James and I prepare our packs and hike just before 9am. Duane and Laura having climbed the peak last year will explore the area and meet us late Monday back at the trailhead. A good trail leads east through nice pinewood. We manage to lose it at one point, creating a fair bit of extra work, but as we discover later on the way out, by concentrating on the preloaded GPS track and on the trail, it is possible to keep to the trail which is more or less continuous to Blue Bottle pass (N30.97311 W115.39610, 2831m). We make the straightforward 110m ascent to Blue Bottle peak (N30.97134 W115.39467, 2940m), with its summit trig point and fine view of Diablo, then retrieve our packs and continue.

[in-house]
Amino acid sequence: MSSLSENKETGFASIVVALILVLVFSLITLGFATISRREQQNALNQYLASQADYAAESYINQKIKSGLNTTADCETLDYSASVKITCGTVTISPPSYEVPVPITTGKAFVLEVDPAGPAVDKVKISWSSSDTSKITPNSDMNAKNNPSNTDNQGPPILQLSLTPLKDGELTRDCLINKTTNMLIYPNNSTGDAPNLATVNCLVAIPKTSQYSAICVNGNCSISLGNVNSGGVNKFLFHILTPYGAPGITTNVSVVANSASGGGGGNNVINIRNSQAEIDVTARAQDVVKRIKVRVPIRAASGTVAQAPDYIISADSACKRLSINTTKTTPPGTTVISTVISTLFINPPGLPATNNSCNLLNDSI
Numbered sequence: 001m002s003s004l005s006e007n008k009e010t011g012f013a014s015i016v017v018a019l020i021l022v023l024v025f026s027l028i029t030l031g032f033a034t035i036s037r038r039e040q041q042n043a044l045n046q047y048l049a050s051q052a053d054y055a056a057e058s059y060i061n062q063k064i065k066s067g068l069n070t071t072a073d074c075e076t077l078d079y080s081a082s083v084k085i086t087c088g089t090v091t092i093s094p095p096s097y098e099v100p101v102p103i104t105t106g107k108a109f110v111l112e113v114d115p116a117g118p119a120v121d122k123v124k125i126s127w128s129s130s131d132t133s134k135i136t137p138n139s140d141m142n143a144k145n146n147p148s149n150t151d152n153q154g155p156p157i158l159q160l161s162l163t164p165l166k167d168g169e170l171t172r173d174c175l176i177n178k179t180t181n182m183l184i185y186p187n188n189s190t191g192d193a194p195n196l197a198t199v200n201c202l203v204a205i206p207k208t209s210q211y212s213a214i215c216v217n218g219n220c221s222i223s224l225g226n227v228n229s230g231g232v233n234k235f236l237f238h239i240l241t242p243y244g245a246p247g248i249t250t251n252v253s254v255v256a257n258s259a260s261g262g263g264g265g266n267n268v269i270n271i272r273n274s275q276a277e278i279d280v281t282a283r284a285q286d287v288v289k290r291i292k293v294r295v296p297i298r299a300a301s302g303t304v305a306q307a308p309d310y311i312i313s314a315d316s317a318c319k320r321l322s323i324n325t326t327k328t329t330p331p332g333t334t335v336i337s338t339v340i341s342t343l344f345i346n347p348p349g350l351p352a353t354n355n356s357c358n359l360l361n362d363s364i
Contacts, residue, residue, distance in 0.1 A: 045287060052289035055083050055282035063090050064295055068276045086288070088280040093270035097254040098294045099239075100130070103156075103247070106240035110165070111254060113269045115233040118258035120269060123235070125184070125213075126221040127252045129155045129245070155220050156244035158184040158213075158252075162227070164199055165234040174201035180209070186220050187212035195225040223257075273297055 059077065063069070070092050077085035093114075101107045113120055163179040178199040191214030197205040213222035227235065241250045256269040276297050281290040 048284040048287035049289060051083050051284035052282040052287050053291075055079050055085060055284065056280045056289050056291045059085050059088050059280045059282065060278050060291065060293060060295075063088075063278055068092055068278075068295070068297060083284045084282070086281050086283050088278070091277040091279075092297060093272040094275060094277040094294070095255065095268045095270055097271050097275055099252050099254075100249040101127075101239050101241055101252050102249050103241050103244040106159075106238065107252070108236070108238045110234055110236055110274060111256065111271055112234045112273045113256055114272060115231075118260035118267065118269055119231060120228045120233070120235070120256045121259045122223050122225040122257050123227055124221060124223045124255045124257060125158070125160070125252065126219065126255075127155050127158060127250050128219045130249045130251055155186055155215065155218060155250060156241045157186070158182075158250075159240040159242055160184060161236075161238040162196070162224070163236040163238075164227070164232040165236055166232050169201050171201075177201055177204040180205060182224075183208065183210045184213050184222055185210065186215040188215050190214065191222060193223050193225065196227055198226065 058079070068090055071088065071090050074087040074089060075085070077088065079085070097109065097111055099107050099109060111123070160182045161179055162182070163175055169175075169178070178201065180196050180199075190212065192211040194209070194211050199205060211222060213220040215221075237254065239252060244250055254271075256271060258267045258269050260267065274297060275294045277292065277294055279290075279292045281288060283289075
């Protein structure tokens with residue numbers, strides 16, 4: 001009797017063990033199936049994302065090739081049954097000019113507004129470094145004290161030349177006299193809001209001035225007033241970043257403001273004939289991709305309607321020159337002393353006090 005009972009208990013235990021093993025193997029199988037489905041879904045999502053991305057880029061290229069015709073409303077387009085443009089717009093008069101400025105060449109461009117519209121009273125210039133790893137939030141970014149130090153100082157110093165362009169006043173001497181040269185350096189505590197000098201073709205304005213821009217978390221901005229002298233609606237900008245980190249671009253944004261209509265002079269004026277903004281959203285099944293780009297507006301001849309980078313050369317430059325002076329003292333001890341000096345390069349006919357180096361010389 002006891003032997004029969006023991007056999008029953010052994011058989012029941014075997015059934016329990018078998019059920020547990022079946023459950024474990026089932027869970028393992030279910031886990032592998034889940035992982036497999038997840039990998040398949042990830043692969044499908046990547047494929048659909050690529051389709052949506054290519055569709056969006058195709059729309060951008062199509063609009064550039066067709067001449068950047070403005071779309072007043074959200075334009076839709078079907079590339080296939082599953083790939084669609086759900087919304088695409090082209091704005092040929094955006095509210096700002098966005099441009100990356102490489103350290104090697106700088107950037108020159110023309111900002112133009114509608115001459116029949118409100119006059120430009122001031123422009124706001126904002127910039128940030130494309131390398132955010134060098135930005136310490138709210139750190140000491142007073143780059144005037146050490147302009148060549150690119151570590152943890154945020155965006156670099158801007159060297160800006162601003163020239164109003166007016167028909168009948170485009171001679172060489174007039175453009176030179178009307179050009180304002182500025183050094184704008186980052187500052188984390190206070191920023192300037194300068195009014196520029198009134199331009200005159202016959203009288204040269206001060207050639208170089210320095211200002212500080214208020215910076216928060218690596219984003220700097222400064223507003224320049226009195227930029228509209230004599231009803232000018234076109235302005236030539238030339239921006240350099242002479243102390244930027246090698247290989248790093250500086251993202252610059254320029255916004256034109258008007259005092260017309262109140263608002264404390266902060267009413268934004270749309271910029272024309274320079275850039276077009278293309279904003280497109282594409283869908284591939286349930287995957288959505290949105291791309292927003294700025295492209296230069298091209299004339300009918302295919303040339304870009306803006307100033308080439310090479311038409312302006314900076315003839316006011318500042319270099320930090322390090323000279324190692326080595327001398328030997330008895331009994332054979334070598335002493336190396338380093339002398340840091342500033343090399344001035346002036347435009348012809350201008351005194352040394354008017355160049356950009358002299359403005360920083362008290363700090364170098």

From the pass the trail continues east, descending gently at first (to avoid cliffing out) then angling down more steeply into the head of Canyon del Diablo. There are cairns and we also concentrate on keeping to the GPS track. The bouldery canyon makes for rough progress and there is plenty of YDS 3 scrambling and some class 4. No significant bushwhacking though. Impressive scenery with dazzling sunlit granite walls towering above us. A stream appears, with a small campsite soon reached. This is presumably "Cedaroak Camp (6600ft)" mentioned in the DPS guide as being the start of the "Teapot" route up the west side of the mountain (described in Schad's guide?).

We soon reach Campo Noche (N30.98789 W115.39517, 1890m) which has room for several tents and the stream nearby for water. There are several trails leaving the camp and joining up just above. The one we use next morning is a rocky staircase starting at the fire ring. It's chilly when we arrive so we doze in our sleeping bags for a couple of hours before treating water, making dinner and turning in for the night. We save weight by bivvying: no tent needed with settled forecast.